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March 06, 2010

The Purity Principle: Chapters 5 and 6

The Purity Principle is this: Purity is always smart; impurity is always stupid.

Does God really argue for sexual purity on the basis that it’s the smart choice, while impurity is stupid? Judge for yourself:

Why be captivated, my son, by an adulteress? Why embrace the bosom of another man’s wife? For a man’s ways are in full view of the LORD, and he examines all his paths. The evil deeds of a wicked man ensnare him; the cords of his sin hold him fast. He will die for lack of discipline, led astray by his own great folly. (Proverbs 5:20-23)

Why avoid adultery? Because God will see it and He will bring judgment. But even before judgment day “the cords of his sin hold him fast.” The adulterer will be ensnared; he will die. He’s the primary victim of his foolishness. In contrast, the man who remains pure can “rejoice” and “be captivated” by his wife’s love, enjoying their sexual union (Proverbs 5:18-19).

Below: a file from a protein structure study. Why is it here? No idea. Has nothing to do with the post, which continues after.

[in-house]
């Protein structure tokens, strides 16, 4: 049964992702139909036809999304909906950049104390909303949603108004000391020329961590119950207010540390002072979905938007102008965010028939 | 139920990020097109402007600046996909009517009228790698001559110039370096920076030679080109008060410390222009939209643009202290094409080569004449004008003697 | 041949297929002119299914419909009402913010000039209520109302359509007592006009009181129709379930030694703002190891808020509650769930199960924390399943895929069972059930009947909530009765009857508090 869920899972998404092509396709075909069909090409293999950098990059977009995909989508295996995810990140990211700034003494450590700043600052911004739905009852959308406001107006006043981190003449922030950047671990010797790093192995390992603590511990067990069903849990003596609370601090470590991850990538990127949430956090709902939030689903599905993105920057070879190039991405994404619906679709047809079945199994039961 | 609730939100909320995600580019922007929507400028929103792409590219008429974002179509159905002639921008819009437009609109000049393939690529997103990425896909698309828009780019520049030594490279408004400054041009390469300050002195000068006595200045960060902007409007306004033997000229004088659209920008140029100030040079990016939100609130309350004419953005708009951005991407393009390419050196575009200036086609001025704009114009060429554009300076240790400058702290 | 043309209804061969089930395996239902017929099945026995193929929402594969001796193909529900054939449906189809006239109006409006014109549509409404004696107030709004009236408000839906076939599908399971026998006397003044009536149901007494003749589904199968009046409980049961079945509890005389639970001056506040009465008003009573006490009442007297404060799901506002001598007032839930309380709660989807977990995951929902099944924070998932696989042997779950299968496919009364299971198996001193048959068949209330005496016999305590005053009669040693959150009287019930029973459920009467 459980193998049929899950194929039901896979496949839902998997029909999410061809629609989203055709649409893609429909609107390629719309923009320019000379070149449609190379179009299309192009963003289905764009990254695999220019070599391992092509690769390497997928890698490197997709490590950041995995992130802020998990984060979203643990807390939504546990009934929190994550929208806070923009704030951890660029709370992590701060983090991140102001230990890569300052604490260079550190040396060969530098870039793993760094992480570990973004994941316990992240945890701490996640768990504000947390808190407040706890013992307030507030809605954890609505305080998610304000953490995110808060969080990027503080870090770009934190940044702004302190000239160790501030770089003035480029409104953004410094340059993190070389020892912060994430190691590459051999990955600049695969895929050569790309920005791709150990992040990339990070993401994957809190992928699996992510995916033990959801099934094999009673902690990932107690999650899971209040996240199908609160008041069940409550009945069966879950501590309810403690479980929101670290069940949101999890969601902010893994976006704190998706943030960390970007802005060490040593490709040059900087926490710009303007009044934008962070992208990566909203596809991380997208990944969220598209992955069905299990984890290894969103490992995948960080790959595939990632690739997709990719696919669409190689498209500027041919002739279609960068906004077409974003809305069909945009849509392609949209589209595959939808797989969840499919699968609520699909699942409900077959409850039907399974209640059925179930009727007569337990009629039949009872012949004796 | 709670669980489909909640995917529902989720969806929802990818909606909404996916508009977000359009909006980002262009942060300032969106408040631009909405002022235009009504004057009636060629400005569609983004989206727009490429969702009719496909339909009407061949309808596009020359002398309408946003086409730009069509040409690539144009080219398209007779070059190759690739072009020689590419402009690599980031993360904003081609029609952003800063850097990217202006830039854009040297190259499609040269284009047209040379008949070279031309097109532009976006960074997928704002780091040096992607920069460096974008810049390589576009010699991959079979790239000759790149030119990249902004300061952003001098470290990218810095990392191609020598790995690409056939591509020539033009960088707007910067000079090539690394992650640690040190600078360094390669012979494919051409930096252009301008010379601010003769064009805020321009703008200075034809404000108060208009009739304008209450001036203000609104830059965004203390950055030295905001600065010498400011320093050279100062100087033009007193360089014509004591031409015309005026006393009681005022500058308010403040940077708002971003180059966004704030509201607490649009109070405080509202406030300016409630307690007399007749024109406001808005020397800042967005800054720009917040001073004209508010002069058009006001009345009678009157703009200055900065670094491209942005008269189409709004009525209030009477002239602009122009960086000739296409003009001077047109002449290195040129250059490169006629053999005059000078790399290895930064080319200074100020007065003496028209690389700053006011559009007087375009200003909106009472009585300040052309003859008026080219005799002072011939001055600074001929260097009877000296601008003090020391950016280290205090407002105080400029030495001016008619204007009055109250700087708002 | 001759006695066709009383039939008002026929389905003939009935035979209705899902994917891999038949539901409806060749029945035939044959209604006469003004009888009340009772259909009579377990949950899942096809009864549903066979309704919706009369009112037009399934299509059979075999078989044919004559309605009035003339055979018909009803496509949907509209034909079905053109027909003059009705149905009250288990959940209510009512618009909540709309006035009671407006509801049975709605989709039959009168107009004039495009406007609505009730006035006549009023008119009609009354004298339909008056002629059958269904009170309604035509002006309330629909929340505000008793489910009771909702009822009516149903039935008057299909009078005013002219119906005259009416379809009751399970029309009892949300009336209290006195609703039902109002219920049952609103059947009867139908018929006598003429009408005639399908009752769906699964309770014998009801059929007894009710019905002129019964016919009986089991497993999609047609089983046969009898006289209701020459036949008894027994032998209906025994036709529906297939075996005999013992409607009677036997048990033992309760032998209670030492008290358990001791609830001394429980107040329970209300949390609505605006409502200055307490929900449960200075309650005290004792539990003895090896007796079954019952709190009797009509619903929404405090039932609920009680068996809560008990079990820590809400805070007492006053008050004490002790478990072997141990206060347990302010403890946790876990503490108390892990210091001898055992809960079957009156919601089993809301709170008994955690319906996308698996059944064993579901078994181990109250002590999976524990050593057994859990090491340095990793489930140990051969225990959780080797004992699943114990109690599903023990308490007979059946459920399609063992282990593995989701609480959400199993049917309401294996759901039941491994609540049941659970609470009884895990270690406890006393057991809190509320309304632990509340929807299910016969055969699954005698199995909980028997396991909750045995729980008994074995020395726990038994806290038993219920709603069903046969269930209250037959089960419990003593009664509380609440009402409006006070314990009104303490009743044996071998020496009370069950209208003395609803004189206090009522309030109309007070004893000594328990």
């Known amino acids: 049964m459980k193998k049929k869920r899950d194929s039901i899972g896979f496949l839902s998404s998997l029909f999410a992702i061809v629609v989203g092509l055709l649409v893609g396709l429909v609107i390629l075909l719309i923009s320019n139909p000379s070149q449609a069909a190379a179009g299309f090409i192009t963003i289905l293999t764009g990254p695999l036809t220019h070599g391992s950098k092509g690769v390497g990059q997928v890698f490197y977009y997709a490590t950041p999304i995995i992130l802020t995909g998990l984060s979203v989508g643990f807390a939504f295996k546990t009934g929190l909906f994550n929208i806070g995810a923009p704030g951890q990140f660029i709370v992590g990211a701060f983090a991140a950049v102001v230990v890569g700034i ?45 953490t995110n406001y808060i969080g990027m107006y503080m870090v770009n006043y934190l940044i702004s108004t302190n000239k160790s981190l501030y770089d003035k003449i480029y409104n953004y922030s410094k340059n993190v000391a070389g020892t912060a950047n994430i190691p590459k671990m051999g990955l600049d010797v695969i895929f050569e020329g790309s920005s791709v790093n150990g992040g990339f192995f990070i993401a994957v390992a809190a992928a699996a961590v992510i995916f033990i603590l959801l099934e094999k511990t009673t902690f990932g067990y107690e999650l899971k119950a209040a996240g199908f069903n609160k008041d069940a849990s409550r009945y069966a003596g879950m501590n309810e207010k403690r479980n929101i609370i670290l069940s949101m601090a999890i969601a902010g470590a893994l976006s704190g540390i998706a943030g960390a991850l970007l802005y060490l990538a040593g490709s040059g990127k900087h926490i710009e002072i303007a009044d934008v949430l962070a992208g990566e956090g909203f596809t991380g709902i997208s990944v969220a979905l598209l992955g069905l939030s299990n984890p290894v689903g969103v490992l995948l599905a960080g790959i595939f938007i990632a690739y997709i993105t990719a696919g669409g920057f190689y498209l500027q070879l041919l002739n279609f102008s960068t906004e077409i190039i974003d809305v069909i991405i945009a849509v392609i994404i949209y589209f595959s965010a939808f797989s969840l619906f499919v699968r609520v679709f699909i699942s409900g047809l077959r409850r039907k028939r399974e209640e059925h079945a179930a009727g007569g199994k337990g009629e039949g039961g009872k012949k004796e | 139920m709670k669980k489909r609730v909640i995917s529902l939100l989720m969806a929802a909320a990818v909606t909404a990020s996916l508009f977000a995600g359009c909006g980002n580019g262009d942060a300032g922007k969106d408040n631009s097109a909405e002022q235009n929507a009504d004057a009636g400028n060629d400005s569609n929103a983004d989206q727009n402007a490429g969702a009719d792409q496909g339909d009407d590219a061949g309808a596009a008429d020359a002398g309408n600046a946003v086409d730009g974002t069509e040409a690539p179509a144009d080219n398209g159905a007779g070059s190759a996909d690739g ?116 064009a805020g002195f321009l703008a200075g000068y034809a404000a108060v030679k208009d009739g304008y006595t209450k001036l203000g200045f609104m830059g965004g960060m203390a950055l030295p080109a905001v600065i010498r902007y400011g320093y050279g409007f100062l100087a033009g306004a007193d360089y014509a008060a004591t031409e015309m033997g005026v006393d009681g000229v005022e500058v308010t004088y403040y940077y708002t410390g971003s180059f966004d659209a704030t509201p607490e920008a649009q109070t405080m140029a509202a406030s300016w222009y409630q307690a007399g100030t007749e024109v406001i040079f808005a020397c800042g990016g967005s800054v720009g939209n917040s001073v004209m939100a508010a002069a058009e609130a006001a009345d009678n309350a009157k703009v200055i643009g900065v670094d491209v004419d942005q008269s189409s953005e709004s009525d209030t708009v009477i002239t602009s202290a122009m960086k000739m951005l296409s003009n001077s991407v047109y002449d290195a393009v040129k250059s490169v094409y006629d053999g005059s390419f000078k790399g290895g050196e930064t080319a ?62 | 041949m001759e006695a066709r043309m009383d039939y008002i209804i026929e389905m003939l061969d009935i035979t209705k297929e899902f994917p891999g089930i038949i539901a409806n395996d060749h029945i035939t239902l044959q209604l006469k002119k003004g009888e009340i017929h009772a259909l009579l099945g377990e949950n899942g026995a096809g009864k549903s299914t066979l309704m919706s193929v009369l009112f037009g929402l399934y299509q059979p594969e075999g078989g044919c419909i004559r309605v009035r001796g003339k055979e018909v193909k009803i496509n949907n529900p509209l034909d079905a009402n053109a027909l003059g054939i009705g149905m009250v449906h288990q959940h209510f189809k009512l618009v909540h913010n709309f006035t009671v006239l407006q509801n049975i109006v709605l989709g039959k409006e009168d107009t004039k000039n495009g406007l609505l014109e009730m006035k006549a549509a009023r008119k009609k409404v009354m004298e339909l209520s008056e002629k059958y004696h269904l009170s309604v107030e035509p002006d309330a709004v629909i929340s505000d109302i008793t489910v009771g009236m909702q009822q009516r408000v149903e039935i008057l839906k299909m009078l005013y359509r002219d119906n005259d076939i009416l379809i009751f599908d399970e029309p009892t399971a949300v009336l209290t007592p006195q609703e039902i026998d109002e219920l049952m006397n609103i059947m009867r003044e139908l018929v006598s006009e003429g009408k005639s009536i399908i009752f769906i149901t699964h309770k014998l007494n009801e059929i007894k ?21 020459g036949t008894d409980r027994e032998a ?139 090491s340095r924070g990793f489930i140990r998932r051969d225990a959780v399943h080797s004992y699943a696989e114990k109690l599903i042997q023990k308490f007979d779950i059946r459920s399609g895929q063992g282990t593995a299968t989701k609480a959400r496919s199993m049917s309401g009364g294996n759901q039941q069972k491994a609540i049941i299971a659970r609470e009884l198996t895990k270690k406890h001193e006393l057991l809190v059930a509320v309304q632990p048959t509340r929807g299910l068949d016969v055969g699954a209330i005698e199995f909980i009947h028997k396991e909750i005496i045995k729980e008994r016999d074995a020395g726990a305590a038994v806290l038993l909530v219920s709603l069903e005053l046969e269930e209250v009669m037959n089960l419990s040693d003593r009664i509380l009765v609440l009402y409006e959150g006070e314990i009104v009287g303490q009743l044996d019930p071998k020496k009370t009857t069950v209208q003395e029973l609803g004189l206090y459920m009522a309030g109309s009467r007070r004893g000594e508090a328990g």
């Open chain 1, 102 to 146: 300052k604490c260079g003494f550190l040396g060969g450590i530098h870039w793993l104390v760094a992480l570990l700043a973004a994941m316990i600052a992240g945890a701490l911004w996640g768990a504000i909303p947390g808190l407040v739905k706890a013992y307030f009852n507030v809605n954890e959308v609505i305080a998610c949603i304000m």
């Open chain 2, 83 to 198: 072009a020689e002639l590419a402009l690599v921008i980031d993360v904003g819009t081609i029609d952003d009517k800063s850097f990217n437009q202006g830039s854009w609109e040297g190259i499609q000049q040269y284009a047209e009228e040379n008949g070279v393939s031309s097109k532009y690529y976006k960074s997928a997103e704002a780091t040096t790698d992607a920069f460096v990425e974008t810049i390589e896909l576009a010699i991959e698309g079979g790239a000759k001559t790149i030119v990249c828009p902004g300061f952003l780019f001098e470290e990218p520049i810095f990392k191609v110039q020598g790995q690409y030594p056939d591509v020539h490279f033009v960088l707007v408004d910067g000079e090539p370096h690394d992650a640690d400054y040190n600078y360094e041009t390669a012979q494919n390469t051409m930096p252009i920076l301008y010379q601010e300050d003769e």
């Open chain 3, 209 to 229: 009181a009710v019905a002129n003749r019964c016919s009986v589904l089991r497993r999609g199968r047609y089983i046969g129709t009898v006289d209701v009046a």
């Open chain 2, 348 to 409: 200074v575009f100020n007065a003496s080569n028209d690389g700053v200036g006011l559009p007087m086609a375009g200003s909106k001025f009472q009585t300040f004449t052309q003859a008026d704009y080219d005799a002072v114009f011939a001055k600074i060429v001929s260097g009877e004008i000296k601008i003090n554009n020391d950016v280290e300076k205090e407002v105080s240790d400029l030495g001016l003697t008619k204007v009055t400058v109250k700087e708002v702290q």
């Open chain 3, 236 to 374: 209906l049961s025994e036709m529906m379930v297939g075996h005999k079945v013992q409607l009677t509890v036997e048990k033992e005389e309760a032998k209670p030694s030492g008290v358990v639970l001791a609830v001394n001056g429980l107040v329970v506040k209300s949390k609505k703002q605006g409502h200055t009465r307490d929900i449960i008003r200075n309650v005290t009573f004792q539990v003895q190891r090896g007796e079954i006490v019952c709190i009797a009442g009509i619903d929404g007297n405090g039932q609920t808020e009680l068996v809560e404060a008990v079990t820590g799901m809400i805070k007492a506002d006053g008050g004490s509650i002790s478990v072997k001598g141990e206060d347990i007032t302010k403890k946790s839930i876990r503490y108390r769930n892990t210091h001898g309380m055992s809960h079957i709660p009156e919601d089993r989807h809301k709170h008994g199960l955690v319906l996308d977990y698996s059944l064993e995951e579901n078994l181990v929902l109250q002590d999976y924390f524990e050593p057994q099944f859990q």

In the next chapter God asks, “Can a man scoop fire into his lap without his clothes being burned? Can a man walk on hot coals without his feet being scorched? So is he who sleeps with another man’s wife; no one who touches her will go unpunished. (Proverbs 6:27-29)

Haunting words: no one who touches her will go unpunished.

Proverbs also depicts the man who is seduced into adultery as “an ox going to the slaughter,” and like a deer or bird being killed by a hunter (Proverbs 7:21-27).

A believer recovering from sexual addiction (which requires repentance from sexual sin) told me, “Addicts always think they can get away with it. You won’t change until you realize you can’t.”

I can never get away with sexual immorality. God wants me to remember that...for my sake.

The Battle’s in Your Mind